|Henry Whiteman House|
The Henry Whiteman House is a two story, stuccoed fieldstone home that sits off of Smith Mill Road, on the east side of Paper Mill Road. The property is a little over a mile north of Milford Crossroads, and right in the middle of an area dominated by the Whiteman family for most of the 19th century. The first of them to settle in the area was Jacob Whiteman, who in 1799 purchased a large tract of land from Thomas Rice. As for the rest of the history of the Whiteman houses, here is how the report (which is part of a larger report on several endangered properties) tells the story:
By 1804, Jacob constructed a log house and a frame barn on the 196-acre property. The 1816 tax assessment for the property lists the house as being constructed of stone. [...] Prior to his death in 1826, Jacob Whiteman sold 98 acres to his son Henry. According to the 1828 tax assessment, Henry Whiteman built a stone house and a frame barn on the property during his first two years of ownership. [...] When he died in 1855, Henry left the 98-acre farm to his son George. [...] At this time Henry had improved 82 of his 96 acres, increasing the value of the property to $8000.
George Whiteman occupied the farm for at least five years, but by 1864, the farm passed into the hands of George's brother, Henry. It was in this year that he in turn gave the farm to their brother Andrew Jackson Whiteman.
So the way I read it, by the fact that the author(s) seem to be tracing the history of the house from Jacob all the way to Andrew J., it makes it seem at first read as if there is one house, and by 1864 it belongs to Andrew J. However, if you read closely, there are actually two houses in question here, and I believe the report mixes them up partway through the history. And from what I can see, the house referred to here as the Henry Whiteman House is not the one owned by Andrew Jackson Whiteman after 1864.
The first house we have is the one built by Jacob, Sr, sometime between 1804 and 1816. Then, the report seems to jump to the house built by his son, Henry, Sr., sometime around 1825. It's this second house that ends up in the possession of Andrew Jackson Whiteman -- and that's exactly what the 1868 Beers map shows. If you look to the left side of the section of the Beers map below, you'll see a house listed as being owned by A.J. Whiteman. This is Andrew Jackson, and is not the house documented in the report. The A.J. Whiteman house, which I believe is still standing, is on the south side of Smith Mill Road to the west of Paper Mill. I think this is the house built by Henry Whiteman, Sr. about 1825. On the east side of Paper Mill Road, our house is shown as occupied by H. Whiteman, who is the 40 year old Henry, Jr.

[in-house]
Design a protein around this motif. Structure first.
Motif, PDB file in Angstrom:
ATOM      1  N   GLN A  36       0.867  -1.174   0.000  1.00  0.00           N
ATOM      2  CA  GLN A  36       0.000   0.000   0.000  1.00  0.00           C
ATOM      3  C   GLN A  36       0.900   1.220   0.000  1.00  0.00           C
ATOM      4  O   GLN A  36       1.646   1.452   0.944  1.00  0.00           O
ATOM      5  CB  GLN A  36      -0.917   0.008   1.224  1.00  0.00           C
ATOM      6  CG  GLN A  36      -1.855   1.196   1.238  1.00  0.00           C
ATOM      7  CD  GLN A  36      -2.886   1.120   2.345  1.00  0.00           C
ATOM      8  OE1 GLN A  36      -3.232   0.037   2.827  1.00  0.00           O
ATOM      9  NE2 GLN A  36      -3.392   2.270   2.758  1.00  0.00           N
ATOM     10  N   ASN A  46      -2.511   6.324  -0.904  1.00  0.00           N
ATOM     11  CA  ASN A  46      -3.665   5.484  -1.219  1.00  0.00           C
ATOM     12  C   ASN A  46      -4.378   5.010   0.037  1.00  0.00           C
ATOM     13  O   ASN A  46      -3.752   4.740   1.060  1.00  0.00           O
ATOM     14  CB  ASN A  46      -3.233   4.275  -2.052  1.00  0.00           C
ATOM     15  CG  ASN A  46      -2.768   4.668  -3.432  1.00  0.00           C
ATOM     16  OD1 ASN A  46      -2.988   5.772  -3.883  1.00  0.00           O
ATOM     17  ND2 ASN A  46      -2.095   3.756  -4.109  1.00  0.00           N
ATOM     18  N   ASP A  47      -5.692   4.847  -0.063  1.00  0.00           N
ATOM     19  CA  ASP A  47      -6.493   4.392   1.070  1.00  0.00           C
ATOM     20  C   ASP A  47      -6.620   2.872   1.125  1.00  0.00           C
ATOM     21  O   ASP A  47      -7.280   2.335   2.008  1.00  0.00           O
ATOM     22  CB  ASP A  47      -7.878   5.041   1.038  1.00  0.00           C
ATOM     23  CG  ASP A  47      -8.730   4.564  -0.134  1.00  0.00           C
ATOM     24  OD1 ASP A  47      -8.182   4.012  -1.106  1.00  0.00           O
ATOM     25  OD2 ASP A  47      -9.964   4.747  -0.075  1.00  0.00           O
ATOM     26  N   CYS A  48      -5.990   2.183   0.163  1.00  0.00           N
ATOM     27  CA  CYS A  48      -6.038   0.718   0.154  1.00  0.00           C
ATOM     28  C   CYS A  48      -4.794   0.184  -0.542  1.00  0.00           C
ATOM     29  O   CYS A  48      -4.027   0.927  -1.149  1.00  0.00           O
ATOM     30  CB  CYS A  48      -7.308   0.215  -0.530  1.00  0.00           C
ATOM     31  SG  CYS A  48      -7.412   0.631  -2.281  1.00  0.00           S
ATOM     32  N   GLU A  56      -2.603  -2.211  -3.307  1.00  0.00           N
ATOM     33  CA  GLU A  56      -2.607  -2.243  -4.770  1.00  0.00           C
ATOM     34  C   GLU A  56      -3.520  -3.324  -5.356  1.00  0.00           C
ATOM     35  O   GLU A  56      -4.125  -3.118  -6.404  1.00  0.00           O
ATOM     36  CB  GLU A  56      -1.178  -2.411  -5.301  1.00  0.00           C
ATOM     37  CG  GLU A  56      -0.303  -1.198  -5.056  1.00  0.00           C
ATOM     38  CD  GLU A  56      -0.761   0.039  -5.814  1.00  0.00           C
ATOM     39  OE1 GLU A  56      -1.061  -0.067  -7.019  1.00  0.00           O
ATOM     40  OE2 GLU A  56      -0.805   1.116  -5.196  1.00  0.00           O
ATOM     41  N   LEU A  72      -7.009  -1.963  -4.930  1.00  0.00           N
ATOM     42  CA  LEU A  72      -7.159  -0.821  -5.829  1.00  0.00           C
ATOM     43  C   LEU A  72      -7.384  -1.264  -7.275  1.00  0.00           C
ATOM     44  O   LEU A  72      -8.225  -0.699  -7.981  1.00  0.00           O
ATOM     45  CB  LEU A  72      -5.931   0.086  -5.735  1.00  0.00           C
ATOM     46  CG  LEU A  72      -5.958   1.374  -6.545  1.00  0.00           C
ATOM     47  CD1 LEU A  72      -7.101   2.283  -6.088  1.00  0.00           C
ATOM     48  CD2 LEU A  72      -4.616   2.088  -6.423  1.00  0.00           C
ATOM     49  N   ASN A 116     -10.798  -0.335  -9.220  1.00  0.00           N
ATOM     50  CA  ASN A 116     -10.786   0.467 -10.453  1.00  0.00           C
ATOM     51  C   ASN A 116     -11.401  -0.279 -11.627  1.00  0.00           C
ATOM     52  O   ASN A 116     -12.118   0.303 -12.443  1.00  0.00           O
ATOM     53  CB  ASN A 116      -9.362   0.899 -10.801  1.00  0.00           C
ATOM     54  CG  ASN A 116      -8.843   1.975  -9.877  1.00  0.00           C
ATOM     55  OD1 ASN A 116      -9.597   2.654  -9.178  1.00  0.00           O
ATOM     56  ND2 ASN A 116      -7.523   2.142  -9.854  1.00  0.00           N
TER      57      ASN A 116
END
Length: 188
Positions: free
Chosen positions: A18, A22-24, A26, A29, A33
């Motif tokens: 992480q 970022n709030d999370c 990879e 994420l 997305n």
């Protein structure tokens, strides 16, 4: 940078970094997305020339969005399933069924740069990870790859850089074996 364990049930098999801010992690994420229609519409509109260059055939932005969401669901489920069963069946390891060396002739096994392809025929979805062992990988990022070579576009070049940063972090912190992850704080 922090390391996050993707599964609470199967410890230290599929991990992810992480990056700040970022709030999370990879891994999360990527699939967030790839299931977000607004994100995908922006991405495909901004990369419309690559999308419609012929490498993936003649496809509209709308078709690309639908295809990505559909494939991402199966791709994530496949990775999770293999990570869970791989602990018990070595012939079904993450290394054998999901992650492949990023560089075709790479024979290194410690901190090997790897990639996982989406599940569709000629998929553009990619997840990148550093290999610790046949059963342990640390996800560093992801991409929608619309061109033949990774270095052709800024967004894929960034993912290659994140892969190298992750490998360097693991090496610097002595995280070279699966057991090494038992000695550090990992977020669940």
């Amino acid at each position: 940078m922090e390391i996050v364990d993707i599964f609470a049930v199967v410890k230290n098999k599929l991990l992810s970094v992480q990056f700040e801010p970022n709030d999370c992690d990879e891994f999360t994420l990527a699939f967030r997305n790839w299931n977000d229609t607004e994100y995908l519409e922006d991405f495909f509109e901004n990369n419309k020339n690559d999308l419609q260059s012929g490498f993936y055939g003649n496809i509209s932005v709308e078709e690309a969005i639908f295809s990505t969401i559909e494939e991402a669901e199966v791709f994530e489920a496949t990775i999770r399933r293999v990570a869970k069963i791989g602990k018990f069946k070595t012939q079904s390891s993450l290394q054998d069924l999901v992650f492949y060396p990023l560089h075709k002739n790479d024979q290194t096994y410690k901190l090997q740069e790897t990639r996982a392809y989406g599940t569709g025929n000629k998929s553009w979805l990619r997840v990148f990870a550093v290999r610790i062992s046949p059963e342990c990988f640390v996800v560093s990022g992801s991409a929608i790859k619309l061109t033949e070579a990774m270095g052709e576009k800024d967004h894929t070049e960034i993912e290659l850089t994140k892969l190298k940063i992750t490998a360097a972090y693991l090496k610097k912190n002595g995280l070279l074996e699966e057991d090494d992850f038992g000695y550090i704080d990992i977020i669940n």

|Whiteman Family Area, 1868|
After examining census documents from 1850, 1860, and 1870, here is what I think happened to the two houses during that time. In 1850, there are two Whitemans listed: Jacob, Jr. and Henry, Sr., both the children of Jacob Sr. I think Henry was living in his house to the west, and Jacob was in his father's house to the east. By 1860, both of the elder Whitemans had passed, and the houses were in the possession of Jacob III and Henry, Jr. Nowhere in the census records is there a George Whiteman. There is a Gilbert, but whoever else got Henry, Sr's farm (the one to the west), Henry, Jr. had it by census time in 1860. Jacob III owned "our" home to the east.
Next, I surmise that Israel Whiteman, son of Jacob, Jr., moved out and bought the property to the north, which he is shown in on the 1868 map. Then, in 1864, Jacob III was declared "insane" (as he is listed on the 1870 census, in his brother Israel's household), and Henry, Jr, his cousin and next oldest male, took over his house -- the original one built by Jacob, Sr. about 1815. Henry then gave his old house to his brother Andrew Jackson. So, by this reckoning, the "Henry" referred to in "The Henry Whiteman House" is not Henry, Sr, but Henry, Jr. by virtue of his owning it on the 1868 Beers map. In reality, this house is the original (well, after the first log house) home built by the first Jacob Whiteman, patriarch of the Whiteman family.
Since I have not viewed any deeds relating to these properties, I admit this is only conjecture based on four snapshots taken over twenty years, but I think it explains the evidence nicely. The one odd occurrence that I think confuses matters is Henry's moving from the house his father built, to the one his grandfather built. This was necessitated by the fact that Jacob III became unable to manage the farm by himself. If this is true (and the report never really says one way or the other), then the Henry Whiteman House could also be known as the Jacob Whiteman House, as this was the one raised by him sometime about 200 years ago.